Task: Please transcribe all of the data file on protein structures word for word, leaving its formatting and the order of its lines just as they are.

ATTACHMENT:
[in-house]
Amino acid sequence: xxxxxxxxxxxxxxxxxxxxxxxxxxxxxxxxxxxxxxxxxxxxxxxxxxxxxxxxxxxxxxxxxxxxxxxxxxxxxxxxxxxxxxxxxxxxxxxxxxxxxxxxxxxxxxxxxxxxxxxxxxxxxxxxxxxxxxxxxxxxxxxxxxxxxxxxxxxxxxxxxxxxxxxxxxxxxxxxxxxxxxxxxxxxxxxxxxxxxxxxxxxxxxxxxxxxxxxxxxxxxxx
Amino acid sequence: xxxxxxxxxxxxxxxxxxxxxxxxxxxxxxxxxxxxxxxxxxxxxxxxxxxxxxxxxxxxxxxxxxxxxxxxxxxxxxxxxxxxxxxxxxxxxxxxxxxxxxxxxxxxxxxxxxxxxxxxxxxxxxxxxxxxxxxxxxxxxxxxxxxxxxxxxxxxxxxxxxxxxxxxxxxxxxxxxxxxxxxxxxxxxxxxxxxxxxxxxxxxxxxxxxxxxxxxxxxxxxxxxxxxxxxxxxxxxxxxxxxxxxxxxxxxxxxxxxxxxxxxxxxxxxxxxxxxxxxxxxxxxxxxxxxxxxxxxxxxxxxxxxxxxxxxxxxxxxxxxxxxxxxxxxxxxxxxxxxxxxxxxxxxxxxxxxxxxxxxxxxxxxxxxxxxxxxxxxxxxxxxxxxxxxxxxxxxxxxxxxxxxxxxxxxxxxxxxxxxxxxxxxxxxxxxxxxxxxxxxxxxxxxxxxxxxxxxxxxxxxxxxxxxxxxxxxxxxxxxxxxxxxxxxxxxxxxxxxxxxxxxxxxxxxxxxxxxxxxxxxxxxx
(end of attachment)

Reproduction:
[in-house]
Amino acid sequence: xxxxxxxxxxxxxxxxxxxxxxxxxxxxxxxxxxxxxxxxxxxxxxxxxxxxxxxxxxxxxxxxxxxxxxxxxxxxxxxxxxxxxxxxxxxxxxxxxxxxxxxxxxxxxxxxxxxxxxxxxxxxxxxxxxxxxxxxxxxxxxxxxxxxxxxxxxxxxxxxxxxxxxxxxxxxxxxxxxxxxxxxxxxxxxxxxxxxxxxxxxxxxxxxxxxxxxxxxxxxxxx
Amino acid sequence: xxxxxxxxxxxxxxxxxxxxxxxxxxxxxxxxxxxxxxxxxxxxxxxxxxxxxxxxxxxxxxxxxxxxxxxxxxxxxxxxxxxxxxxxxxxxxxxxxxxxxxxxxxxxxxxxxxxxxxxxxxxxxxxxxxxxxxxxxxxxxxxxxxxxxxxxxxxxxxxxxxxxxxxxxxxxxxxxxxxxxxxxxxxxxxxxxxxxxxxxxxxxxxxxxxxxxxxxxxxxxxxxxxxxxxxxxxxxxxxxxxxxxxxxxxxxxxxxxxxxxxxxxxxxxxxxxxxxxxxxxxxxxxxxxxxxxxxxxxxxxxxxxxxxxxxxxxxxxxxxxxxxxxxxxxxxxxxxxxxxxxxxxxxxxxxxxxxxxxxxxxxxxxxxxxxxxxxxxxxxxxxxxxxxxxxxxxxxxxxxxxxxxxxxxxxxxxxxxxxxxxxxxxxxxxxxxxxxxxxxxxxxxxxxxxxxxxxxxxxxxxxxxxxxxxxxxxxxxxxxxxxxxxxxxxxxxxxxxxxxxxxxxxxxxxxxxxxxxxxxxxxxxx